The National Commercial Bank in St. Vincent is now 51 per cent owned by non-Vincentians.

ST. VINCENT: – The Dr Ralph Gonsalves Unity Labour Party (ULP) administration in St Vincent and the Grenadines has privatised the state-owned National Commercial Bank (NCB).

East Caribbean Financial Holding Company Limited (ECFH) of Saint Lucia now owns 51 per cent of the NCB.

ECFH is parent company of the Bank of Saint Lucia Limited.

A joint media release said the government of SVG will retain 49 per cent of the shares, and intends to divest 29 per cent of the shares to the country’s National Insurance Service and citizens of SVG, including bank staff and citizens of the region within the next 12 months.

All formalities of the ECFH acquisition are expected to be finalized by Oct. 31, 2010.

The transaction is subject to regulatory approval of the Eastern Caribbean Central Bank and the release said “this approval is expected to be forthcoming”.

The deal was sealed last week following an invitation by the Gonsalves administration to ECFH to consider acquiring an interest in the NCB. (Go to the homepage to subscribe to I Witness-News)

“In pursuance of the Government of St. Vincent and the Grenadines’ stated policy on the privatization of the Bank; the ECFH Group’s vision of regional expansion and in support of the Eastern Caribbean Central Bank’s (ECCB) efforts at strengthening the banking system through mergers and alliances, ECFH was pleased to accept the invitation,” the release said.

Gonsalves, speaking at a media briefing on Monday, Oct. 4, said the bank will be renamed “Bank of St. Vincent and the Grenadines”.

He said every government since independence in 1979 has considered privatising the NCB, including the New Democratic Party (NDP) administrations of which Leader of the Opposition and NDP President Arnhim Eustace was a member.

“The ULP was awaiting the right moment to divest shares. Four factors make this the right moment: the strengthening of the bank since 2001; the agreement of the Caribbean Development Bank to assist in the process of divestment; the inducing external financial economic environment; and the regional financial institution, the Bank of St. Lucia, which will provide the correct fit at a fair and reasonable price for the majority shareholding, combined with other favourable condition,” Gonsalves said.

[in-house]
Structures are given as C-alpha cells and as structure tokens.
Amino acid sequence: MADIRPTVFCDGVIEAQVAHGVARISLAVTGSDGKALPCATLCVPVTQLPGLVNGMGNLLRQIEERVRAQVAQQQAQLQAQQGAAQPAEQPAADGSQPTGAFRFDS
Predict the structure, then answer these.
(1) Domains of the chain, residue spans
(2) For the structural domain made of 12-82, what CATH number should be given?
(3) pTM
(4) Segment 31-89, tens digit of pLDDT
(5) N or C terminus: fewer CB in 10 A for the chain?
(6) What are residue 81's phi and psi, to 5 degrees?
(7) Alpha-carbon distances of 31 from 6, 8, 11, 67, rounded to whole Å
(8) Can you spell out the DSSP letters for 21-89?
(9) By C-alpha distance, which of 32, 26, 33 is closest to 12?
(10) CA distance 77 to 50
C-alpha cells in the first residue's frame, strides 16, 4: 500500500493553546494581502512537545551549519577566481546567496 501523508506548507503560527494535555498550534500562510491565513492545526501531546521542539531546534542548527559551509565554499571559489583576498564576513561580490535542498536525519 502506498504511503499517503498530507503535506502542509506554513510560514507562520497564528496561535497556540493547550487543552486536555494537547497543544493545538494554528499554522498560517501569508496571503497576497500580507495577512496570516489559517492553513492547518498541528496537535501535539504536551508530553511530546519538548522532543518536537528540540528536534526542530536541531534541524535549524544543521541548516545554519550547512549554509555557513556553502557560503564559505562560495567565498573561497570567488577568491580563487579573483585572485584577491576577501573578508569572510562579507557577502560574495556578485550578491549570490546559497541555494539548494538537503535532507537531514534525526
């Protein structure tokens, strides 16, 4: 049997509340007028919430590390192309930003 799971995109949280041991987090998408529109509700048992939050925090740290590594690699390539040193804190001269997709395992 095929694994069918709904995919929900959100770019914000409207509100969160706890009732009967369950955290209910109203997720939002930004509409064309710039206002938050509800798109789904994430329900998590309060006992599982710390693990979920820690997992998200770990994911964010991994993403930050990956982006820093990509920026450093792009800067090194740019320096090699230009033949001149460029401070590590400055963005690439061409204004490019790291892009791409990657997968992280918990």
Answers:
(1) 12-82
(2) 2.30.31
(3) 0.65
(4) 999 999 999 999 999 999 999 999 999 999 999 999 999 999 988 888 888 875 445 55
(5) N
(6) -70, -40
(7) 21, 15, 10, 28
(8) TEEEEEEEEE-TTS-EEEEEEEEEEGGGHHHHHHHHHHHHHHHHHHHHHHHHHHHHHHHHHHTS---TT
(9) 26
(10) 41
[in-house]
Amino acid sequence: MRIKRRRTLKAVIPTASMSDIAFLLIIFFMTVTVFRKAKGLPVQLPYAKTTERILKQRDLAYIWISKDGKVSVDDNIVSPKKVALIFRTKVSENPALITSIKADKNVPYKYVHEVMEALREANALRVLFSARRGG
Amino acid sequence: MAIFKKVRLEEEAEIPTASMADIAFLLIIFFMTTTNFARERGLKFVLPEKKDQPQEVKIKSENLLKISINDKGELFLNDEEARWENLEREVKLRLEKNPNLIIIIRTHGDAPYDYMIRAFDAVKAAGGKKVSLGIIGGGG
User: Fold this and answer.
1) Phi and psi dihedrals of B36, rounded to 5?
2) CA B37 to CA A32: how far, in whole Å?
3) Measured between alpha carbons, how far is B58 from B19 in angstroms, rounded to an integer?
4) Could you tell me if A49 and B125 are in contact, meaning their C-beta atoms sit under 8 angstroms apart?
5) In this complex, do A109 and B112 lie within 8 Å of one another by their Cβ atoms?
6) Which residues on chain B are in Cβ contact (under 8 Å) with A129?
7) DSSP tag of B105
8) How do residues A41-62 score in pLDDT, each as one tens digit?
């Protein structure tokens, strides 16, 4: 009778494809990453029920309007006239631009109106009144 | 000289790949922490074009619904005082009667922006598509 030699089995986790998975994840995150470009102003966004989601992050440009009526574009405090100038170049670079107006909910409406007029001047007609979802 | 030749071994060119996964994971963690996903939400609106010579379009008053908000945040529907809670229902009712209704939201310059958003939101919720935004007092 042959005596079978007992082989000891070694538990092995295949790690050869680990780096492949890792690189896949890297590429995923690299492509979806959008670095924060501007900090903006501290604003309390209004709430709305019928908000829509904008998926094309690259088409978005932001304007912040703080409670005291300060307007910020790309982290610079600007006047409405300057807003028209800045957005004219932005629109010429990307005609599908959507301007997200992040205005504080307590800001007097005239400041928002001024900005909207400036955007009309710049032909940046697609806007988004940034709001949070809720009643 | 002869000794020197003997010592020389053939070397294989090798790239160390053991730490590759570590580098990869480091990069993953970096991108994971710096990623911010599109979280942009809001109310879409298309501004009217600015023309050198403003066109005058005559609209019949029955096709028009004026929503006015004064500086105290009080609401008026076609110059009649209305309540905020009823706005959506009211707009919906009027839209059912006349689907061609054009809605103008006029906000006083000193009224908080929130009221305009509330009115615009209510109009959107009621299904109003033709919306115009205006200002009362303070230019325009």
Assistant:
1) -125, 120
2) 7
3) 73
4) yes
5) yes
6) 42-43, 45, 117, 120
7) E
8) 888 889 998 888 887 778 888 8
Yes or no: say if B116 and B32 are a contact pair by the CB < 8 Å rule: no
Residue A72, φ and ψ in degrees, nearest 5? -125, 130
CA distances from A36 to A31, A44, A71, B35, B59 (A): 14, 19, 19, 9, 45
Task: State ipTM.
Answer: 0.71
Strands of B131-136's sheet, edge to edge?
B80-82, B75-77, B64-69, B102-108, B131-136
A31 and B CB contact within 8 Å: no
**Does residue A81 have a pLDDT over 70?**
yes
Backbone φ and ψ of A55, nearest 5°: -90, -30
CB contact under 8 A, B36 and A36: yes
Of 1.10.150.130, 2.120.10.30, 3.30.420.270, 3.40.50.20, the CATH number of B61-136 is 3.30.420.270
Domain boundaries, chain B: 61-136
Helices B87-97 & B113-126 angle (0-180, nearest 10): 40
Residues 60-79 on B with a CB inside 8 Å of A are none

“I had to build the bank, I had to reform it. I had to change it and bring it to a stage where I could get a reasonable price; because, all things being equal, companies trade at their book value,” Gonsalves said without disclosing how much ECFH had paid for its 51 per cent share in the NCB.

“… I had to get a good partner, a good fit. Other partners came looking, you know. But like in anything else, when you are desirable, women will know this, a lot of men will come, but you reject several until you find the right one. … Now I am not saying there may not be a better partner, but if you wait too long, you might lose a good partner and then you think you are getting a better one and it [is] worse,” added Gonsalves, who, as prime minister, was the NCB’s principal nominal shareholder.

Election issue

The NCB has become a prominent issue in the campaign for the next general elections, constitutionally due by March next year.

The Caribbean Development Bank (CDB) in July loaned the government EC$100 million “to reduce the outstanding public sector debt” at the NCB, and to “facilitate a restructuring” of the institution even as government explored “other modalities of ownership”.

Eustace has said that Gonsalves did not tell Parliament that the NCB had to be sold before his government could access the loan.

Eustace — an economist and former prime minister and a former minister of finance — has criticised the Gonsalves administration, saying its mismanagement necessitated the sale of the NCB. (Follow I Witness-News on Facebook)

Gonsalves, who is also minister of finance, has defended his administration’s management of the bank, saying that it is stronger now than when his administration came to office in March 2001.

He said last week that in 2001, government equity amounted to just over EC$20 million compared to EC$84 million at the last evaluation.

Also in 2001, the public sector owed the NCB about EC$110 million, or 42 per cent of total deposit.

This year, Gonsalves said, the public sector debt was EC$160 million, or 28 per cent of total deposits.

Eustace, in his Budget Address of 2000, said his NDP government would be “…prepared to divest itself of shares in selected enterprises, starting with its shares in the National Commercial Bank and the St. Vincent Electricity Services”.

Eustace, who was also prime minister at the time, said his administration, would “in the first instance give priority to local investors in a manner that facilitates the widest possible ownership so that the ‘small man’ can purchase shares”.

Eustace, who lost the March 2001 general elections, defended that policy during his weekly appearance on his party’s programme on Nice Radio on Monday, Sept. 4.

“… We said to local investor, not to St. Lucians. In addition we provided incentives to privately owned firms in the country to offer some shares to their employees and the general public. … [T]he objective was to get the widest local ownership as possible,” Eustace said.

“This never contemplated the sale of NCB to [foreigners]. … It contemplated sale to local investors with the widest possible ownership of the bank,” he added.